While a number of universities in the United States have long incorporated practical technology training within their law courses, the United Kingdom so far appears to trail. The trailblazing course at Queen Mary will combine guest lectures from a panel of leading lawyers and practitioners with in-depth access to kCura’s e-disclosure software Relativity.
The course was conceived and put together by Maggi Healey, a former litigator who now specialises in e-disclosure at The Review People. John Chan, director of technical services at Anexsys will be the instructor for the course’s software modules.
“We are absolutely thrilled to be part of this ground-breaking course for the next generation of lawyers,” Chan said. “It seems that Generation Y is expected to have a strong foundation in technology and it’s often underappreciated how difficult it can be to grasp the sheer range of technical challenges presented by e-disclosure. The practical component of this course will go a long way towards preparing students for dealing with modern e-disclosure.”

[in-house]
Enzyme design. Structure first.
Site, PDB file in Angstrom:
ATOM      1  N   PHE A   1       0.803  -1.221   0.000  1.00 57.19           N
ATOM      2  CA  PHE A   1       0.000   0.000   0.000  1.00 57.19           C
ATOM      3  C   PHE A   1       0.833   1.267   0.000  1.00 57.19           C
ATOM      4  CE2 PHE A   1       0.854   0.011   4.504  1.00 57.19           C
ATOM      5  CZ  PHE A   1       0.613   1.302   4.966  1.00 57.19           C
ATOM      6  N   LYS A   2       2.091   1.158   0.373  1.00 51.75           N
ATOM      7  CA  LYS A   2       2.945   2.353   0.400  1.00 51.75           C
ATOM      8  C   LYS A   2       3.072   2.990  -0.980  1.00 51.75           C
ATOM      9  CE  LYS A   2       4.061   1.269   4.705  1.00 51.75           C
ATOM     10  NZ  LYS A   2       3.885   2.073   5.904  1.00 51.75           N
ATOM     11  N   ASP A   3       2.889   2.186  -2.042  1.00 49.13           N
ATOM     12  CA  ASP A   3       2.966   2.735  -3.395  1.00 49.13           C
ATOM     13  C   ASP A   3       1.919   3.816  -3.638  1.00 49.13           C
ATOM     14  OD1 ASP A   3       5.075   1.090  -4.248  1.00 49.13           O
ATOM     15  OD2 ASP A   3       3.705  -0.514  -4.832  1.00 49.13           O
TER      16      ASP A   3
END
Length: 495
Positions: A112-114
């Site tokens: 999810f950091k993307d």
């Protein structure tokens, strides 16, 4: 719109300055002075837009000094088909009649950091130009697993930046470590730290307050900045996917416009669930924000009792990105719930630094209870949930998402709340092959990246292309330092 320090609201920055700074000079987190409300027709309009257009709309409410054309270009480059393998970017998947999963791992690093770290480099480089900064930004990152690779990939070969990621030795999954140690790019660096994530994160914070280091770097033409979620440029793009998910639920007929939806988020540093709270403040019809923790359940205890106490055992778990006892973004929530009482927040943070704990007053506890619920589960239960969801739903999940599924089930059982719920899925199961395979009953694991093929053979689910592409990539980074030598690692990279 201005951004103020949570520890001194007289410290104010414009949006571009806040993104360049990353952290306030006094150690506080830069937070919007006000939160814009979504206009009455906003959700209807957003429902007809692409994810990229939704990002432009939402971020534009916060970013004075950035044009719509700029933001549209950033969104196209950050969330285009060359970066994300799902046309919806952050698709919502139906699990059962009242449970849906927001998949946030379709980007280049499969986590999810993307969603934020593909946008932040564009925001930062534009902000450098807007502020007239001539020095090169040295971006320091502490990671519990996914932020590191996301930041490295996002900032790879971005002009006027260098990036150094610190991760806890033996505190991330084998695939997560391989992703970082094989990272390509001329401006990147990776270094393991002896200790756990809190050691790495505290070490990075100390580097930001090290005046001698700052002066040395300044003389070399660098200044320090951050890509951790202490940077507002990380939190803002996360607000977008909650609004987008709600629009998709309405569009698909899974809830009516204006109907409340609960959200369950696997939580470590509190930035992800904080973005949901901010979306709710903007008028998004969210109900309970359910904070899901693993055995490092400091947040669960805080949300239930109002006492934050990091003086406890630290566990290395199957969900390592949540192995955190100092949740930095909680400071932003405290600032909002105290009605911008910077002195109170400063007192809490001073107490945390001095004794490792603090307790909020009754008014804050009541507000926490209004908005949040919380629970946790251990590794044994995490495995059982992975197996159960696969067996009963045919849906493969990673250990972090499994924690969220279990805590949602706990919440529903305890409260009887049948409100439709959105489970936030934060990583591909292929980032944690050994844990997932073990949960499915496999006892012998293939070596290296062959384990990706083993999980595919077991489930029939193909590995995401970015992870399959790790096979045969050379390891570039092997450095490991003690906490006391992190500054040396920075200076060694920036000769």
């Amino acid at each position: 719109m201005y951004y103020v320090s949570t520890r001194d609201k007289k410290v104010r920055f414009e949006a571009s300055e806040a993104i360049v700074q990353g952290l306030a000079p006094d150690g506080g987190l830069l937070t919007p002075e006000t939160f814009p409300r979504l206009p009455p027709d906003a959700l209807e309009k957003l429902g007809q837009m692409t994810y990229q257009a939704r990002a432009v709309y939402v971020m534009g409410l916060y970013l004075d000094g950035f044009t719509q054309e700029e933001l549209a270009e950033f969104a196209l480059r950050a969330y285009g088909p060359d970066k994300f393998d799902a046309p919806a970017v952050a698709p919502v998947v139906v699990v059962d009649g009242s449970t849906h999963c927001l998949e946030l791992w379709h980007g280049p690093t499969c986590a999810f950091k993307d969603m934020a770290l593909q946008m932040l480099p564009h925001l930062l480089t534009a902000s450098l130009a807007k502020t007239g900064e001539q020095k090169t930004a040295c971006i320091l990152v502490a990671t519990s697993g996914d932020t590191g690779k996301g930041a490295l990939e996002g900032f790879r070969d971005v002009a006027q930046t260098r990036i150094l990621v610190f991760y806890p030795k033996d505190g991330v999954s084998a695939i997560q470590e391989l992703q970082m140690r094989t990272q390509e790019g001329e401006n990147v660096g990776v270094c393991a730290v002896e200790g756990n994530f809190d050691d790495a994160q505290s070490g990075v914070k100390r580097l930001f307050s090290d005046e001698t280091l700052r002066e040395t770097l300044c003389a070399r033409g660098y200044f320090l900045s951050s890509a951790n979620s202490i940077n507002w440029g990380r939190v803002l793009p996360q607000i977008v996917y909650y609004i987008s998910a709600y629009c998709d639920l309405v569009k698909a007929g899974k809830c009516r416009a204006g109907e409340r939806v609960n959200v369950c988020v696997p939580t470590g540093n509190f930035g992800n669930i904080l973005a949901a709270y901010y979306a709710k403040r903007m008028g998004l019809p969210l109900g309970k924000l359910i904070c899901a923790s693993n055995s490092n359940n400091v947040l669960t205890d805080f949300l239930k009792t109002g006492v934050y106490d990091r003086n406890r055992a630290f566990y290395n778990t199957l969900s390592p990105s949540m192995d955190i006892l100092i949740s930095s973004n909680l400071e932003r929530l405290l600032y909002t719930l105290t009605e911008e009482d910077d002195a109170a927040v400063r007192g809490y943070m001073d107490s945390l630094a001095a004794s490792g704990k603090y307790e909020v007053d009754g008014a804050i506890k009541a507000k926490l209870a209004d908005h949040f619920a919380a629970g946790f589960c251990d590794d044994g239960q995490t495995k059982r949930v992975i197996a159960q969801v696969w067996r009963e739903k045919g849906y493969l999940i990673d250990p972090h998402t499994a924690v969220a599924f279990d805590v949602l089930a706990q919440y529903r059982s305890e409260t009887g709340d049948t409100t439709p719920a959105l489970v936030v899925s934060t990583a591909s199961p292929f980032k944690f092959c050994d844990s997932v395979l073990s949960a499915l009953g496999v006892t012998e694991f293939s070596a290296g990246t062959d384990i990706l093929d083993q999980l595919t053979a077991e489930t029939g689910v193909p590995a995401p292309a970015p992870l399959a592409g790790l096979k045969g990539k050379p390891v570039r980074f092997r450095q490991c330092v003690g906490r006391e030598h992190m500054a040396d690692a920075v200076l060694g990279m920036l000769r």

U.S. universities such as Georgetown and Chicago Kent have long incorporated a technology module within their legal training and both collaborate with Neota Logic to help students build apps to help improve access to justice. In October last year, Cornell Tech partnered with Cornell Law School to launch a Master of Laws degree in law, technology and entrepreneurship.
According to eDiscovery consultant Chris Dale, who blogged about the new Queen Mary course in September, the experts involved are Dale himself, Simon Manton of Epiq Systems, Marie-Claire O’Hara of Bevan Brittan, Andrew Haslam now at Squire Patton Boggs, Sanjay Bhandari at EY, Alex Dunstan-Lee at Navigant, Clive Freedman at 3 Verulam Building Chambers, Andrew Herring at Pinsent Masons, and Matthew Davis at Consilio.